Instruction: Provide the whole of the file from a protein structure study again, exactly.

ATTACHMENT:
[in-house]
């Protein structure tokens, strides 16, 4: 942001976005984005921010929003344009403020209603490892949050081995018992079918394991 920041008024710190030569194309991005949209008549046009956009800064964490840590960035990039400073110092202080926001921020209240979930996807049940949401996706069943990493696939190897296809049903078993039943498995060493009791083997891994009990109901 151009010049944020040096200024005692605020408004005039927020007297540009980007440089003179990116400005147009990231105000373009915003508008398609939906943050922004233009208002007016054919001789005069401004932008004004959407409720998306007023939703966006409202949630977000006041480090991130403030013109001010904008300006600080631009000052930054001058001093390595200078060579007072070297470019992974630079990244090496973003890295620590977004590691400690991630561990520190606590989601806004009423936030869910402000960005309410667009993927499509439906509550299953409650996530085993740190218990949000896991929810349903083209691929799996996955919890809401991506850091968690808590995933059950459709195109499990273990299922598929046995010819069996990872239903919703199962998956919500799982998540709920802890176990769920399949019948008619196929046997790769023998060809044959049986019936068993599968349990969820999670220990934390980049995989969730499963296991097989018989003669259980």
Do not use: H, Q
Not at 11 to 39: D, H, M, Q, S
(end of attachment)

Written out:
[in-house]
């Protein structure tokens, strides 16, 4: 942001976005984005921010929003344009403020209603490892949050081995018992079918394991 920041008024710190030569194309991005949209008549046009956009800064964490840590960035990039400073110092202080926001921020209240979930996807049940949401996706069943990493696939190897296809049903078993039943498995060493009791083997891994009990109901 151009010049944020040096200024005692605020408004005039927020007297540009980007440089003179990116400005147009990231105000373009915003508008398609939906943050922004233009208002007016054919001789005069401004932008004004959407409720998306007023939703966006409202949630977000006041480090991130403030013109001010904008300006600080631009000052930054001058001093390595200078060579007072070297470019992974630079990244090496973003890295620590977004590691400690991630561990520190606590989601806004009423936030869910402000960005309410667009993927499509439906509550299953409650996530085993740190218990949000896991929810349903083209691929799996996955919890809401991506850091968690808590995933059950459709195109499990273990299922598929046995010819069996990872239903919703199962998956919500799982998540709920802890176990769920399949019948008619196929046997790769023998060809044959049986019936068993599968349990969820999670220990934390980049995989969730499963296991097989018989003669259980």
Do not use: H, Q
Not at 11 to 39: D, H, M, Q, S